Table IV.

Level of lipid profile between the cancer and control groups.

Table IV.

Level of lipid profile between the cancer and control groups.

Men (n=1351)Women (n=2524) P-valuea P-valueb




VariableCancer (n=462)Control (n=889)Cancer (n=1255)Control (n=1269)
Age (years)47 (41–56)52 (47–57)46 (39–54)49 (41–58)<0.001<0.001
CHO (mmol/l)4.49 (4.00–5.11)4.63 (4.04–5.22)4.65 (4.07–5.36)4.78 (4.24–5.37)0.0400.002
TG (mmol/l)1.51 (1.04–2.23)1.52 (1.02–2.18)1.10 (0.74–1.65)0.99 (0.70–1.47)0.632<0.001
HDL-C (mmol/l)1.02 (0.88–1.17)1.02 (0.89–1.18)1.22 (1.06–1.43)1.32 (1.11–1.53)0.472<0.001
LDL-C (mmol/l)2.66 (2.21–3.22)2.74 (2.28–3.23)2.67 (2.22–3.23)2.75 (2.32–3.28)0.119<0.025
ApoA1 (g/l)1.25 (1.13–1.35)1.24 (1.13–1.35)1.38 (1.26–1.51)1.42 (1.28–1.55)0.4750.01
ApoB (g/l)0.93 (0.80–1.08)0.96 (0.83–1.10)0.89 (0.75–1.06)0.89 (0.77–1.06)0.0210.527
Lipoprotein (a) (mg/l)77.5 (33–162.25)65.5 (35–158)85 (42–179)97 (47–192)0.4160.004
FFA (µmol/l)456.5 (340–575.25)442 (337–574)498 (344.5–665.0)471 (351.5–628.5)0.8280.214
LDL-C/HDL-C2.69 (2.13–3.22)2.65 (2.12–3.27)2.22 (1.76–2.73)2.11 (1.66–2.63)0.6710.036
ApoB/ApoA10.76 (0.62–0.88)0.78 (0.64–0.90)0.65 (0.53–0.78)0.64 (0.53–0.77)0.0010.242

a Male patients with TC vs. male healthy controls

b Female patients with TC vs. female healthy controls. ApoA1, apolipoprotein A1; ApoB, apolipoprotein B; CHO, total cholesterol; FFa, free fatty acid; HDL-C, high-density lipoprotein-cholesterol; TG, triglyceride.

Table V.

Association between lipid profile level in the different types of TC and lymph node metastasis among the participants.

Table V.

Association between lipid profile level in the different types of TC and lymph node metastasis among the participants.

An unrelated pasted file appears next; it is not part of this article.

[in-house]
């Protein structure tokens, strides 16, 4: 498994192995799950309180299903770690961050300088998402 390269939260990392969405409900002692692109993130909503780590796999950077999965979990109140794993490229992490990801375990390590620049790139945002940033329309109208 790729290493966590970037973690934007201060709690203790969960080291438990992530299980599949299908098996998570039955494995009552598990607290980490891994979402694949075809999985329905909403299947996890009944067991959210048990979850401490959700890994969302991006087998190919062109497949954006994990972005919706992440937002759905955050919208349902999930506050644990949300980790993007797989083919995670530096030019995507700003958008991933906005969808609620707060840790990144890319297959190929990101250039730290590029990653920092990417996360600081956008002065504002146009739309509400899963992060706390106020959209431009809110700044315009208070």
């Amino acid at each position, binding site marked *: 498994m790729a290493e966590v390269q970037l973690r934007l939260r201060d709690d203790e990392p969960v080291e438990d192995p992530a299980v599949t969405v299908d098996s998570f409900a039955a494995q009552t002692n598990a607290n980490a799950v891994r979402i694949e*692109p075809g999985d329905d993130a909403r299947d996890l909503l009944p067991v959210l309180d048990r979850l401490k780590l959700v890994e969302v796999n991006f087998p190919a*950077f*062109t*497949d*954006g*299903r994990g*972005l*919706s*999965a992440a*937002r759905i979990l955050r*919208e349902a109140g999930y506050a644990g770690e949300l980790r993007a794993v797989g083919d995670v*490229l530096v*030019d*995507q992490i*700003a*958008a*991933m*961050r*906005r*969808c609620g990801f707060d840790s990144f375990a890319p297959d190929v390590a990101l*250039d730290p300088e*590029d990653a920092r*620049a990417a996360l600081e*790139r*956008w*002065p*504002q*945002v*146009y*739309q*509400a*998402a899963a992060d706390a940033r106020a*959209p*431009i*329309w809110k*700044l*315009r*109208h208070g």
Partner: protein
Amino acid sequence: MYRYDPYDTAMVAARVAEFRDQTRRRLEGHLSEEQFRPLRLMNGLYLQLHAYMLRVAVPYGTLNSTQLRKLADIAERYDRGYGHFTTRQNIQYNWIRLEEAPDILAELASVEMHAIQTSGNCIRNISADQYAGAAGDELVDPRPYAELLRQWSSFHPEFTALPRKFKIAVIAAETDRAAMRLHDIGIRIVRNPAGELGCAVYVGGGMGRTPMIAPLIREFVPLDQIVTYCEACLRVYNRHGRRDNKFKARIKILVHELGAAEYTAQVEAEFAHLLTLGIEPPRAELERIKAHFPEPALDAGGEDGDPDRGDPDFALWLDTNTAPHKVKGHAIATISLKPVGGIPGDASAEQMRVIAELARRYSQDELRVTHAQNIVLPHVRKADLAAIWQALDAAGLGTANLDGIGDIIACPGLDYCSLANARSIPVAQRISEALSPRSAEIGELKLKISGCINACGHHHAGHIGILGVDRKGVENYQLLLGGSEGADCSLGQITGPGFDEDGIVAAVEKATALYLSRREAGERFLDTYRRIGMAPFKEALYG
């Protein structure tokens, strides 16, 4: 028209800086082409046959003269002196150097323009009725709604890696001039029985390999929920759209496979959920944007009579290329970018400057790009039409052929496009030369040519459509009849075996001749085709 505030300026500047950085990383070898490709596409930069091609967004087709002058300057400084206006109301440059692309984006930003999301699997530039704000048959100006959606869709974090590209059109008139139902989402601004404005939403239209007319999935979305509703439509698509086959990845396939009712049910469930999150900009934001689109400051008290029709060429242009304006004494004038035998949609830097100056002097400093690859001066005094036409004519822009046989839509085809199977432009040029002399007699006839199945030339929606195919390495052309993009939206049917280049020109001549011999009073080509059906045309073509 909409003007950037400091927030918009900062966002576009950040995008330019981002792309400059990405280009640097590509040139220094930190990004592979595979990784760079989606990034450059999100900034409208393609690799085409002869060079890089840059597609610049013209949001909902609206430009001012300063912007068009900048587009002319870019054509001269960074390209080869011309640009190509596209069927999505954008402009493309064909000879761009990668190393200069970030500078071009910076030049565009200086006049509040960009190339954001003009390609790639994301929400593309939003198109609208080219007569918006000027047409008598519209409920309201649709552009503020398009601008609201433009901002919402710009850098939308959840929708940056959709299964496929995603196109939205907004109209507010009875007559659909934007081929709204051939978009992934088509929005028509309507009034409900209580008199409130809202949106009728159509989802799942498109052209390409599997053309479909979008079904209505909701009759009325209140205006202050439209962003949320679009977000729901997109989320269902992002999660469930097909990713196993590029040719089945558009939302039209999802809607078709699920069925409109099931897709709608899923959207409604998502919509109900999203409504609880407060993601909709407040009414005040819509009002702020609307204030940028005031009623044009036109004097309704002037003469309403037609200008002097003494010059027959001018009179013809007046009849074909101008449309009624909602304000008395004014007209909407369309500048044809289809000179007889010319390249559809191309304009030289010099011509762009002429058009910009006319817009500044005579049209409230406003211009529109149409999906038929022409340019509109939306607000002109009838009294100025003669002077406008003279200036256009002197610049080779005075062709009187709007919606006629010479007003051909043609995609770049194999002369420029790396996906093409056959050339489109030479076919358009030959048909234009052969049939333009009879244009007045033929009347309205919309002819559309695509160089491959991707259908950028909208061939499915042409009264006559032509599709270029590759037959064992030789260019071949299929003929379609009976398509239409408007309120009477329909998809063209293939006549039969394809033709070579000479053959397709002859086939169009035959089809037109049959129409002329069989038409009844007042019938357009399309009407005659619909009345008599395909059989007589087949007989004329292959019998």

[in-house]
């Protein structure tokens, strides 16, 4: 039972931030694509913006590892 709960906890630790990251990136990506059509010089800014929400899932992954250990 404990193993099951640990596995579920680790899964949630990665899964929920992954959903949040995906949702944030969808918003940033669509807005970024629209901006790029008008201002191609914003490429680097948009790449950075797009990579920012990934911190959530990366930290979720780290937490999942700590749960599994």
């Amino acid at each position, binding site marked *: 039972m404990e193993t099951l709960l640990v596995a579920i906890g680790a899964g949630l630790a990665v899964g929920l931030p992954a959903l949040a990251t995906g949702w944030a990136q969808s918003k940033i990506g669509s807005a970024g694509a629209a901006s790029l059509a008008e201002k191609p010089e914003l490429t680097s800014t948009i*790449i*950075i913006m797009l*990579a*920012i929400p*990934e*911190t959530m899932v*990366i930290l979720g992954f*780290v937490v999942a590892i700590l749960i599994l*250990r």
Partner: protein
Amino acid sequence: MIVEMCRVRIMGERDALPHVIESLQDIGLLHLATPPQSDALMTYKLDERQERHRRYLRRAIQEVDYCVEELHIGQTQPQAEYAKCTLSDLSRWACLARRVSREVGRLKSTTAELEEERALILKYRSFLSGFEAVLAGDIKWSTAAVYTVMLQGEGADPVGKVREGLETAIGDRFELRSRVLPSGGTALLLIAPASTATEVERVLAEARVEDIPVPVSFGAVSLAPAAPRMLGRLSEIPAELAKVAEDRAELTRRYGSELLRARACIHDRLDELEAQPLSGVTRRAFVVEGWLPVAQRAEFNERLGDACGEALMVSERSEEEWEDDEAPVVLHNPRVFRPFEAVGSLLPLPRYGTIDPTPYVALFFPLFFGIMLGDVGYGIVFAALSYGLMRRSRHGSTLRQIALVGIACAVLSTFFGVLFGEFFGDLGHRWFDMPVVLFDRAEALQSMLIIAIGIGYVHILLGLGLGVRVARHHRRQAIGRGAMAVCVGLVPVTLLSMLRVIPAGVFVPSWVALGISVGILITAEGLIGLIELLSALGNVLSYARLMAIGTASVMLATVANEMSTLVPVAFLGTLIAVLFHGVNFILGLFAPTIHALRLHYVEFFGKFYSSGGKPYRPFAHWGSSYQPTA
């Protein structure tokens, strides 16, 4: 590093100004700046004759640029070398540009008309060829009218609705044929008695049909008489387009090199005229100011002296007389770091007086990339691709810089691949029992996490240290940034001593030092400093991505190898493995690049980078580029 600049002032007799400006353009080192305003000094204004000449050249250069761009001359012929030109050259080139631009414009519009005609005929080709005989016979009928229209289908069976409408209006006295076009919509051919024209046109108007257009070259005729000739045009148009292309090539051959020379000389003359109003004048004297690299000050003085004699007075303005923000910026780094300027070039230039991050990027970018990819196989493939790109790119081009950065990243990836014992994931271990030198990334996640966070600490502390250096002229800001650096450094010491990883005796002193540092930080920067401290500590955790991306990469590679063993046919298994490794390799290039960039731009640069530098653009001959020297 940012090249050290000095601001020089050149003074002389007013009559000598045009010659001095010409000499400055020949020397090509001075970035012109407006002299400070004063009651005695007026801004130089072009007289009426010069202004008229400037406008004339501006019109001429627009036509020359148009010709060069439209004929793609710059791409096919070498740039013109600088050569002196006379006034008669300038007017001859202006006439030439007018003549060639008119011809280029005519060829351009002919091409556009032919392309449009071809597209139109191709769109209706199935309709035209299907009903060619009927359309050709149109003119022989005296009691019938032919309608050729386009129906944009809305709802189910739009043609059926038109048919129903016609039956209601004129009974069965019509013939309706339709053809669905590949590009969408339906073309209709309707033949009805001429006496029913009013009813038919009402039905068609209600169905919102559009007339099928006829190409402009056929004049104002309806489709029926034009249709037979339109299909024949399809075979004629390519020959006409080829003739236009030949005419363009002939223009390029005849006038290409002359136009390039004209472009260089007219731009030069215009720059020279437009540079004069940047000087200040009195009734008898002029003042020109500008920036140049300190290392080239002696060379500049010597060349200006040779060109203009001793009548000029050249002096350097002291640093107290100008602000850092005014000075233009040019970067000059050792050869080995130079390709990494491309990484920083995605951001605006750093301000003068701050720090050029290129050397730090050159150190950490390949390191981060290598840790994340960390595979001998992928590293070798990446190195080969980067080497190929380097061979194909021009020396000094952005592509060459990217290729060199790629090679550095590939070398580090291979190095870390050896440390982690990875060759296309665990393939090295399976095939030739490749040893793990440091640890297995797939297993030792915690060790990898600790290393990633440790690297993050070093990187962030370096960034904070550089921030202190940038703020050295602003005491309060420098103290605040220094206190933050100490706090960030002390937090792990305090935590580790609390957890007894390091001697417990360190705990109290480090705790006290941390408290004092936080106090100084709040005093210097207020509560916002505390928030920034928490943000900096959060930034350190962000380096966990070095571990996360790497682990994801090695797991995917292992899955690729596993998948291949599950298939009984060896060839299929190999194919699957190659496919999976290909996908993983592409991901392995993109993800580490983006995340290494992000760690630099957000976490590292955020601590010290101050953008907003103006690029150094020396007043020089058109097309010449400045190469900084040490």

PTCFTCMTC



VariableMetastasisNon-metastasisP-valueMetastasisNon-metastasisP-valueMetastasisNon-metastasisP-value
Age (years)45.00 (38.0053.00)50.00 (41.00–58.00)0.05049.50 (44.25–54.25)51.00 (38.50–56.75)0.90947.50 (44.00–53.25)48.00 (40.00–60.00)0.869
CHO (mmol/l)4.41 (3.80–5.07)4.65 (4.07–5.31)0.0014.05 (1.08–4.69)4.65 (3.91–5.47)0.1484.44 (3.93–5.43)4.80 (4.18–5.26)0.803
TG (mmol/l)1.15 (0.79–1.80)1.18 (0.78–1.78)0.6543.69 (1.24–4.78)1.77 (1.08–2.34)00741.45 (1.12–2.29)1.40 (0.95–2.48)0.914
HDL-C (mmol/l)1.12 (0.96–1.30)1.16 (1.00–1.37)0.0241.32 (0.98–1.52)1.17 (0.95–1.38)0.4811.29 (1.02–1.73)1.27 (1.04–1.51)0.266
LDL-C (mmol/l)2.50 (2.11–3.14)2.69 (2.25–3.22)0.0032.47 (2.05–3.43)2.86 (2.26–3.51)0.3922.66 (2.24–3.08)2.83 (2.30–3.28)0.521
Apo A1 (g/l)1.32 (1.20–1.43)1.35 (1.23–1.48)0.0231.22 (1.13–1.44)1.35 (1.20–1.43)0.4931.52 (1.22–1.74)1.36 (1.18–1.54)0.114
Apo B(g/l)0.85 (0.72–1.03)0.91 (0.77–1.07)0.0060.9350 (0.7775–1.0825)1.03 (0.77–1.15)0.8790.83 (0.78–1.04)0.94 (0.80–1.07)0.353
Lipoprotein (a)75.0085.000.04389.50124.000.58135.0071.000.105
(mg/l)(33.75–149.75)(42.00–177.00) (57.25–158.50)(47.75–379.25) (18.50–119.20)(29.75–192.00)
FFA (µmol/l)466.00487.000.416462.00374.000.502586.00478.000.862
(347.50–621.00) (344.00–638.50) (286.00–713.00) (309.00–584.00) (315.25–678.75) (351.50–673.50)